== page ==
To decrease your chance of injury, follow the old-school “25° rule,” which suggests dressing for weather 25° warmer than the actual temperature. (This compensates for your rise in body temperature during your run and rapid decrease afterward.) And, of course, wear the right shoes to blast through snow, slush, and ice. Also make sure you have night running gear for those 5 p.m. sunsets.
Certain foods can help keep you young, some are essential for a well-balanced diet, and other foods are muscle-builders. These are foods that go beyond sustenance to offer your body an extra dose of health-boosting nourishment.
“Immune system soldiers need good, consistent nourishment,” says Jennifer McDaniel, R.D.N., a food and nutrition expert. Here are seven essential foods that you should fill your plate with during cooler-weather months to help your immune system work at its optimum level.
Lock some lips in lieu of flu season. By swapping spit, you introduce your lady to bacteria she may encounter later on, making her more equipped to ward off future infections. And she does the same for you.
Just 10 seconds of kissing passes along 80 million (good) bacteria, which helps form a similar mix of living bacteria in you and your partner's bodies, so you're both better prepared to deal with similar infections, research has found.
There’s no surefire way to dodge colds and the flu—both are respiratory illnesses caused by viruses, explains Pritish Tosh, M.D., an infectious disease physician at the Mayo Clinic. Still, it's possible to pre-empt seasonal sicknesses by keeping your immune system on its A-game.
Remember the basics: get your flu shot, wash your hands often, disinfect your phone and anything you touch frequently, stay hydrated, and eat your fruits and veggies.
Follow these tips and five other ways to win the war on colds so you can down the number of days you spend coughing, sneezing, and calling out sick this winter.
With record snowfall in Boston, and Chicago recently experiencing sub-zero temperatures among other reports, much of the country is enduring one of the worst winters to-date.
To help you through this difficult time, we suggest you avoid facing the cold, and create a Gentlemen’s Rum Toddy at home to shake off the winter blues.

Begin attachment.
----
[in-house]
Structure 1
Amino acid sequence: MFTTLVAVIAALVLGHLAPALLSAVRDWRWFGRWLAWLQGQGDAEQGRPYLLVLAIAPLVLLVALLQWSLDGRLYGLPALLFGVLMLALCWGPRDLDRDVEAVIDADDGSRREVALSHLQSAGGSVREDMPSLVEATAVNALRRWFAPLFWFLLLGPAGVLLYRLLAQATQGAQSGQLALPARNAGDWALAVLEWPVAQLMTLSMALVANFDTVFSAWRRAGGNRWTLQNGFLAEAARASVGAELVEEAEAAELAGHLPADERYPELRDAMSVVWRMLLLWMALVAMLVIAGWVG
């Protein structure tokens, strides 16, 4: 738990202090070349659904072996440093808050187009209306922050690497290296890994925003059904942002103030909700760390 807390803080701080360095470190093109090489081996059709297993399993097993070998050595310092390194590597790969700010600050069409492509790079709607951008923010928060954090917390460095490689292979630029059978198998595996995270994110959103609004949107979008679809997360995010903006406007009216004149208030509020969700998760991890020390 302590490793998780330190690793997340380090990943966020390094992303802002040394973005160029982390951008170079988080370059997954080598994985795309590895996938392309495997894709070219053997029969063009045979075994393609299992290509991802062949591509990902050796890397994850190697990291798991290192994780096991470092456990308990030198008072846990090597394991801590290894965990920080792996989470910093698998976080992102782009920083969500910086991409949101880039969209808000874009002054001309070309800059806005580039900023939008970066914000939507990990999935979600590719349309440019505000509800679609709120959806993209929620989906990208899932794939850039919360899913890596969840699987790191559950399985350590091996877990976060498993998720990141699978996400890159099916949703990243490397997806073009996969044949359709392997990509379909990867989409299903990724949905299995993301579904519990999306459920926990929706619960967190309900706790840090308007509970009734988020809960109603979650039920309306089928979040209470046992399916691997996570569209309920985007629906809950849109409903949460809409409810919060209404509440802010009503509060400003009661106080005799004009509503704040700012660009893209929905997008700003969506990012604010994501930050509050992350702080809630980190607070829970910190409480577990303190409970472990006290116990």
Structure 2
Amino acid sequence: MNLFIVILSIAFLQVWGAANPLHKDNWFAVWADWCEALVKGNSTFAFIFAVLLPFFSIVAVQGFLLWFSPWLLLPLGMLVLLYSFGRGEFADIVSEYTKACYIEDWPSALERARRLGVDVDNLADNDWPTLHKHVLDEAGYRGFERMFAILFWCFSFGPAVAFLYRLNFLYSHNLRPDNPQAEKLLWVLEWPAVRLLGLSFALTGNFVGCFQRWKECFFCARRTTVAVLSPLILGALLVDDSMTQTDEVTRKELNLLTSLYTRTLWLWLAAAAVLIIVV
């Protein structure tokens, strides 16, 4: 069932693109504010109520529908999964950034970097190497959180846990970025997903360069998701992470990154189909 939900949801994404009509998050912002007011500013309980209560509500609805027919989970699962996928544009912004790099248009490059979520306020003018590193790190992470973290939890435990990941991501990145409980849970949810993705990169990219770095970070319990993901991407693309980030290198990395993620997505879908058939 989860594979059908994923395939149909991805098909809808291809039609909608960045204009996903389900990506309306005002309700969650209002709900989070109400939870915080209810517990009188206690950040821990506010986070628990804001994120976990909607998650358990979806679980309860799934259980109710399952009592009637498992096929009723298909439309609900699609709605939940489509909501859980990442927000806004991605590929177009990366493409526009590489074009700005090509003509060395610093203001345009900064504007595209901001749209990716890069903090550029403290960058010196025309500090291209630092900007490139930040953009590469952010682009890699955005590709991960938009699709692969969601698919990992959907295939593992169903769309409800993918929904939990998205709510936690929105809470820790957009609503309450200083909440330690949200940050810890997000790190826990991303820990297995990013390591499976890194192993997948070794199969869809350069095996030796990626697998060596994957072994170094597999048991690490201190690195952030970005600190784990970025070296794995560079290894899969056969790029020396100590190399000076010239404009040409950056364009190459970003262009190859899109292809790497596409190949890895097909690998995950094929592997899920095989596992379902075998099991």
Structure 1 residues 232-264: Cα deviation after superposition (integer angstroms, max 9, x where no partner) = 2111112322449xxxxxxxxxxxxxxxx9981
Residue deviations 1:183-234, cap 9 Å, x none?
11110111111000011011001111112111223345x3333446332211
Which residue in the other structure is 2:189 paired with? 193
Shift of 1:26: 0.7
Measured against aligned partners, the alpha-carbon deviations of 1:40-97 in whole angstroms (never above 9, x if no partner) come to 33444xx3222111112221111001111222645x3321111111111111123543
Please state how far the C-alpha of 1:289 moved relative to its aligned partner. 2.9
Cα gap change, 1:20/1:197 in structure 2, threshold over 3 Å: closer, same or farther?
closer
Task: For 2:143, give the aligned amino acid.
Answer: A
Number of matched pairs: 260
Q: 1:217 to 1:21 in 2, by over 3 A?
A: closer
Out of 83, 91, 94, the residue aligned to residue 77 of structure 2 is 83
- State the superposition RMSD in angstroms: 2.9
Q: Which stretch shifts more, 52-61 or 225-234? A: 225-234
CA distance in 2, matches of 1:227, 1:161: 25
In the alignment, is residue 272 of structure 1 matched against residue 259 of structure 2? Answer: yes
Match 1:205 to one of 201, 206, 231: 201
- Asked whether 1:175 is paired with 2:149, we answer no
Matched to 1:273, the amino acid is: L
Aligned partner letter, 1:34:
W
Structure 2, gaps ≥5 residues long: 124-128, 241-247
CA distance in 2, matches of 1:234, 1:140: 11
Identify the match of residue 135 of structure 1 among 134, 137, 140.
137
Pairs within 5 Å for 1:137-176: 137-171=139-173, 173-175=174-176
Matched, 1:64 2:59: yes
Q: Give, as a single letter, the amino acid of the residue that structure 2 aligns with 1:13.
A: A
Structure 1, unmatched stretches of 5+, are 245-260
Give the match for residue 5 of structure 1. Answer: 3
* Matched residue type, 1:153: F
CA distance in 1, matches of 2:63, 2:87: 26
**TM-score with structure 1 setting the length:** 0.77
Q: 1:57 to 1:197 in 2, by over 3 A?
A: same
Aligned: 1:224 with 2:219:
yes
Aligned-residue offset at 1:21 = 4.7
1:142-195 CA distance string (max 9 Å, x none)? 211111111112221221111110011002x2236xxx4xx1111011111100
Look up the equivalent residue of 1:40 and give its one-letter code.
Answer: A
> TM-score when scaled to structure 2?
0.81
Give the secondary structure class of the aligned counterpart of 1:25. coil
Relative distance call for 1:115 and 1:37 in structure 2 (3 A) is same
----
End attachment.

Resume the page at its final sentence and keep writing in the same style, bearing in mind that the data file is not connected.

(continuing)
Made with FACUNDO EXIMO, an ultra-premium aged rum (10-12 years), the Gentlemen’s Rum Toddy is a heightened take on a winter-weather classic. The rum’s aromas of toffee, caramel, and subtle notes of bittersweet chocolate, blended with apple spice liqueur and St. Elizabeth Dram, makes this chest-warming cocktail a seasonal favorite.
Here's how to make it.
If your trip involves dashing to the gym in the wee hours of the morning or slinking down the slopes of Aspen or Park City, these puffer coats are well worth the investment. They'll keep you warm without making you look like the Michelin Man.
To get fit, you work out regularly. But if you don’t give your body time to rest after strenuous exercise, you’re only upping the chance that you’ll get sick. Lack of sleep and overworked muscles have the same effect on your health, producing an “acidic environment in your body, which creates a breeding ground for viruses and germs to take over,” says Eliaz. The solution? Give your muscles some down time, and make sure you get 7-9 hours of solid sleep a night.
Stress can drain your immune system, which increases your risk of getting sick. (Don't believe it? In one 2012 study, published in the Proceedings of the National Academy of Sciences, people who experienced a major stressful event were two times more likely to catch the common cold.) So think of “chilling out” as just another exercise for your workout routine, which can help keep your body strong.